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Mobile App Which Can Locate People Without Network Signals

Mobile App Which Can Locate People Without Network Signals

Researchers at Universidad de Alicante have developed a tech app which can make possible to locate people who have suffered accidents in locations which doesn't have mobile signal and where an instant rescue is important for people in order to save lives. The technology can also be used in instant emergency requirements like in case of earthquakes, floods or forest fires, where mobile networks are useless in those situations.

They say that they have designed a mobile application which can be used in any smartphone and that too without any kind of mobile network or signals, it uses wi-fi signals which in can act as a distress beacon over a distance of several miles, explains the creator of the technology and professor at the UA's Department of physics, Systems Engineering and Theory of the Signal of the Higher Polytechnic School, José Ángel Berná.

These signals have the location and coordinates of the person who has suffered the accident or disappeared and using the smartphone emitter, along with a message which can be altered depending upon the condition or situation a user is in example I am disoriented, I am injures or I need help.


In order to detect the distress signals, the researchers have also created a light, portable receptor device which rescue teams or mountain shelters could use. This device has a small antenna and connects to the smartphone of the search team.

When incidents like accidents occurs, the person has to activate the mobile app which will emit the signals periodically for hours or even days even if the person is unconscious, their exact location will be updating via the app.

According to University they have already done all the tests on ground with this innovative system. They also tested a prototype version of this app in early 2016 with the Special Mountain Intervention Rescue Groups (GREIM) of the Guardia Civil and then with the Maritime Service of the Armed Forces and Maritime Rescue, the results of which were really amazing.

Therefore, during the tests which were performed on the ground and sea both it was confirmed that the device can pick up the distress signal of the user smartphone up to a distance of two or three miles, respectively although it may be possible to increase its reach.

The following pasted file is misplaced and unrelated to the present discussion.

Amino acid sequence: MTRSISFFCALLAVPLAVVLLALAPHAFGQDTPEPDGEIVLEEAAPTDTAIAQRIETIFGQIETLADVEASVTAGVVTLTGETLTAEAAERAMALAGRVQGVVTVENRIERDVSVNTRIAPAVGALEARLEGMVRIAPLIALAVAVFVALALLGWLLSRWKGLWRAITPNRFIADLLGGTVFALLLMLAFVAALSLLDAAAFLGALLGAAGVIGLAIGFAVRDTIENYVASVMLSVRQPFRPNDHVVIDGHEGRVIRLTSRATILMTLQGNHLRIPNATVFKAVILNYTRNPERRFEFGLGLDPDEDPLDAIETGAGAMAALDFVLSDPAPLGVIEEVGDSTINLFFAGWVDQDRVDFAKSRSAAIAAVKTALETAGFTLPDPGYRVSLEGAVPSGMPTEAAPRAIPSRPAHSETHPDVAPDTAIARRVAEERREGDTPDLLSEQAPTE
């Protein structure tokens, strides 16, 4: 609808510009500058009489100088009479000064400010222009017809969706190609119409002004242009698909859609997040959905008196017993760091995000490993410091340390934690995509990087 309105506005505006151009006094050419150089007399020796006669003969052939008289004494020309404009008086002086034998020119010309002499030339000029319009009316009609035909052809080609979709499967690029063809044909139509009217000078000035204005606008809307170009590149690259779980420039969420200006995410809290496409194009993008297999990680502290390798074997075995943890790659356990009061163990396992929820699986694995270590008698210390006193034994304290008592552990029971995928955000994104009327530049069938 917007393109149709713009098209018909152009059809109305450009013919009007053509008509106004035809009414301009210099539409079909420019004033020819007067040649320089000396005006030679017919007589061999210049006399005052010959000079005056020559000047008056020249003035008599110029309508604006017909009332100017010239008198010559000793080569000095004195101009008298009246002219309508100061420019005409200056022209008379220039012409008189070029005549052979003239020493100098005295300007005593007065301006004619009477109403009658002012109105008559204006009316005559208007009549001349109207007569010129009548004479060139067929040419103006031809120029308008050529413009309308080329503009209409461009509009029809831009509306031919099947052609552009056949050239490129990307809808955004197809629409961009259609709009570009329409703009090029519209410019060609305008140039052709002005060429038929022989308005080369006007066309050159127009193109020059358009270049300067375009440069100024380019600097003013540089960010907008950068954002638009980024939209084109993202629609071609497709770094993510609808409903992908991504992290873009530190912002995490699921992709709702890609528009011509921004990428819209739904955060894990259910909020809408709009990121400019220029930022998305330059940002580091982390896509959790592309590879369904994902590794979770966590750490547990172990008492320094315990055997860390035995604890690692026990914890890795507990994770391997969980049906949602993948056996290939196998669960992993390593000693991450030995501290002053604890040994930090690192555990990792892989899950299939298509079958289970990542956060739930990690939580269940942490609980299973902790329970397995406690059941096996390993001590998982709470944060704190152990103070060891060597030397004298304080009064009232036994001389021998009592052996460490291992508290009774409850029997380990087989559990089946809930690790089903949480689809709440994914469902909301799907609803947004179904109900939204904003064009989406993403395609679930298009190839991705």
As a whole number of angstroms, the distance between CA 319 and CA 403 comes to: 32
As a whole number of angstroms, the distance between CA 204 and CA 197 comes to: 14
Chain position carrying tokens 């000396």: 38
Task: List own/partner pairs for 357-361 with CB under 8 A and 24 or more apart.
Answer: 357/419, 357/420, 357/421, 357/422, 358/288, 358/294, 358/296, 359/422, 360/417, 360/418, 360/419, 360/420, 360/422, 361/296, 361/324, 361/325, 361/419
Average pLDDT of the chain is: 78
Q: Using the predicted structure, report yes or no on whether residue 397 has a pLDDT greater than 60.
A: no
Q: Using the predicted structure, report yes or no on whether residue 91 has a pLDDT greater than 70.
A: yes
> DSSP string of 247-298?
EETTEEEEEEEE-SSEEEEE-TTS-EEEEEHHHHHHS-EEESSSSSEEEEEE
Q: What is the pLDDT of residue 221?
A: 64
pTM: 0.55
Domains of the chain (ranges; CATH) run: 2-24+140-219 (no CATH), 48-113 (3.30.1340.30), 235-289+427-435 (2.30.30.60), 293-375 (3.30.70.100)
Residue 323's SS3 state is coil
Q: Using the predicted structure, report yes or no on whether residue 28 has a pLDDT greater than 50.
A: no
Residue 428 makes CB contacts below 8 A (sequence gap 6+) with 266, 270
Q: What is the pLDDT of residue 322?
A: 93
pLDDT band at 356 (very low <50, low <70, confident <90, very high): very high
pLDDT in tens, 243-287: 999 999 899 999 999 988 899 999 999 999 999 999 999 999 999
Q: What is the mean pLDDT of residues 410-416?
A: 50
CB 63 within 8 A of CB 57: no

Search tasks for disappeared or people in danger currently requires a large cost in time and human resources explains the professor in university. On the other hand, They explains, the new system developed makes it possible to "optimise the search and decrease the tracking time," a vital aspect when taking into account that, "in the case of many deceased people, autopsies have revealed that they survived for several hours and did not die instantly, but it had been impossible to locate them on time."

It also has the added benefit that it does not require visual contact with the victim, because as soon as they can detect a single signal, it will know their exact location, even if it lies several kilometers away or it is trapped among the stones of a collapsed building.

"At present, there is no system in the world that uses Wi-fi signals to geo-locate a smartphone. There are devices that allow you to detect mobile phone signals from a smartphone and pinpoint its location through triangulation, but it costs around €80,000 and requires the use of a helicopter," says University. However, the system developed in the UA is more budget friendly, "as its receptor has a cost which would allow its commercialisation for approximately €600 if used by a large number of rescue teams," they told.

According to the researcher, the security committee of the Spanish Mountain Federation and the Guardia Civil rescue services believe that the features of this technology should already be integrated within an emergency system and should have institutional backing.

"We have sent information to the Ministry of Internal Affairs so they take this new feature that we have developed into account and they study its possible addition to Alert Cops, the citizens safety warning service of the State Security Forces,"  they explained.
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